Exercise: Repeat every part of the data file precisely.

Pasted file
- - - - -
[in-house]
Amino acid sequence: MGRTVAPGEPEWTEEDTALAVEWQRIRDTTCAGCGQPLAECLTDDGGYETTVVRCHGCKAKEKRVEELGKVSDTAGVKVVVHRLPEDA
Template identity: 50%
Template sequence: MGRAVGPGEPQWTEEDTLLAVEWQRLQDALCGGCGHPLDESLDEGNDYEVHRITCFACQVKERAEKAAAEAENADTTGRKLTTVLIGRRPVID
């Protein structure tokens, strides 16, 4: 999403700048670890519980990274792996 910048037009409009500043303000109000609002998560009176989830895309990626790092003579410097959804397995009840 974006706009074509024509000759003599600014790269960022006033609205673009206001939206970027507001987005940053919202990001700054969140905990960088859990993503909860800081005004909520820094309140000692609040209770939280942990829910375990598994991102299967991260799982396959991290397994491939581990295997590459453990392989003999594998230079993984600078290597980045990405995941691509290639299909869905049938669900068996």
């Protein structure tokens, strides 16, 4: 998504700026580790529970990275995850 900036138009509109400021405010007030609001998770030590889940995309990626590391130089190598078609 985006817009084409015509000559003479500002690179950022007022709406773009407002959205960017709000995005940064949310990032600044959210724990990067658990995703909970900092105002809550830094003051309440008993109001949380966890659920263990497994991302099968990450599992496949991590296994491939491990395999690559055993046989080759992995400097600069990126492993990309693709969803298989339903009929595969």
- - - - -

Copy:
[in-house]
Amino acid sequence: MGRTVAPGEPEWTEEDTALAVEWQRIRDTTCAGCGQPLAECLTDDGGYETTVVRCHGCKAKEKRVEELGKVSDTAGVKVVVHRLPEDA
Template identity: 50%
Template sequence: MGRAVGPGEPQWTEEDTLLAVEWQRLQDALCGGCGHPLDESLDEGNDYEVHRITCFACQVKERAEKAAAEAENADTTGRKLTTVLIGRRPVID
């Protein structure tokens, strides 16, 4: 999403700048670890519980990274792996 910048037009409009500043303000109000609002998560009176989830895309990626790092003579410097959804397995009840 974006706009074509024509000759003599600014790269960022006033609205673009206001939206970027507001987005940053919202990001700054969140905990960088859990993503909860800081005004909520820094309140000692609040209770939280942990829910375990598994991102299967991260799982396959991290397994491939581990295997590459453990392989003999594998230079993984600078290597980045990405995941691509290639299909869905049938669900068996």
């Protein structure tokens, strides 16, 4: 998504700026580790529970990275995850 900036138009509109400021405010007030609001998770030590889940995309990626590391130089190598078609 985006817009084409015509000559003479500002690179950022007022709406773009407002959205960017709000995005940064949310990032600044959210724990990067658990995703909970900092105002809550830094003051309440008993109001949380966890659920263990497994991302099968990450599992496949991590296994491939491990395999690559055993046989080759992995400097600069990126492993990309693709969803298989339903009929595969």